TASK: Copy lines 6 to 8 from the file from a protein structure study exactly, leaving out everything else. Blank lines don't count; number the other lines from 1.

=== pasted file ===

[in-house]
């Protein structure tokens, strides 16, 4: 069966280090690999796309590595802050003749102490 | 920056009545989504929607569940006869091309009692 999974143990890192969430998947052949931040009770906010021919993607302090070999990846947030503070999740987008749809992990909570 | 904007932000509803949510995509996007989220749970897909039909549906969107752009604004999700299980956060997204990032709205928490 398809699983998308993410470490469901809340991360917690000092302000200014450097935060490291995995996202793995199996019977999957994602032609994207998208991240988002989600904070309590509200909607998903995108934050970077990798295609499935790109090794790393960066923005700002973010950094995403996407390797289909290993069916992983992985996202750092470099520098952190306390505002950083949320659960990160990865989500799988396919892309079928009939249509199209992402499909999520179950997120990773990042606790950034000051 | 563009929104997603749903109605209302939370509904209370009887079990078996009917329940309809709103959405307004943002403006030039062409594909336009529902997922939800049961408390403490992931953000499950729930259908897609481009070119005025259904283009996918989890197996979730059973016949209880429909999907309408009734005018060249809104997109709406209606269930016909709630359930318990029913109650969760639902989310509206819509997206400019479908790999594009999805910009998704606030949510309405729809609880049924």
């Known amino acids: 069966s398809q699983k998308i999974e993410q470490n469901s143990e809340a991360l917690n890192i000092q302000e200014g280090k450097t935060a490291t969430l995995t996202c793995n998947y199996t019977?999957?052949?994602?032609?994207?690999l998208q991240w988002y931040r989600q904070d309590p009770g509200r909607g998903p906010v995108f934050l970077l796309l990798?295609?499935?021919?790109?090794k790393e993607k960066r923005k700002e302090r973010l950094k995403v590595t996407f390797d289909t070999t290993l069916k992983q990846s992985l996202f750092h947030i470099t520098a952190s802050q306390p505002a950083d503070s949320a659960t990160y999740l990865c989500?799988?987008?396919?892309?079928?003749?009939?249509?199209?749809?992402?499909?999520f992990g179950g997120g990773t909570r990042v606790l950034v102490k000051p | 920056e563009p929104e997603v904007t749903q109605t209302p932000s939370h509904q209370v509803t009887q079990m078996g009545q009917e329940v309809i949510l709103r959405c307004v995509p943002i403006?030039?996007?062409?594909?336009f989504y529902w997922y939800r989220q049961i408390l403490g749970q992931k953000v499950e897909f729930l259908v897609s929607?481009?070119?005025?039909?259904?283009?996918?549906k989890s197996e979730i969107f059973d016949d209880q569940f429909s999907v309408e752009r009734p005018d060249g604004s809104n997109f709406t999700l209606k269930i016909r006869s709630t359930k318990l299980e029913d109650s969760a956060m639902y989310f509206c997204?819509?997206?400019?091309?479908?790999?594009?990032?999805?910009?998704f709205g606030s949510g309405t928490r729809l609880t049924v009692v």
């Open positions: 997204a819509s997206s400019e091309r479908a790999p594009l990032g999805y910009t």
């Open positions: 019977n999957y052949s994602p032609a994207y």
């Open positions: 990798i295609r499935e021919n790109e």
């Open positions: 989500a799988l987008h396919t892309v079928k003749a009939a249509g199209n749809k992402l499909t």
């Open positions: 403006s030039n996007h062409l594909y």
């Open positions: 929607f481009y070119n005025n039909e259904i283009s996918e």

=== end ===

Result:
């Open positions: 990798i295609r499935e021919n790109e």
């Open positions: 989500a799988l987008h396919t892309v079928k003749a009939a249509g199209n749809k992402l499909t």
């Open positions: 403006s030039n996007h062409l594909y």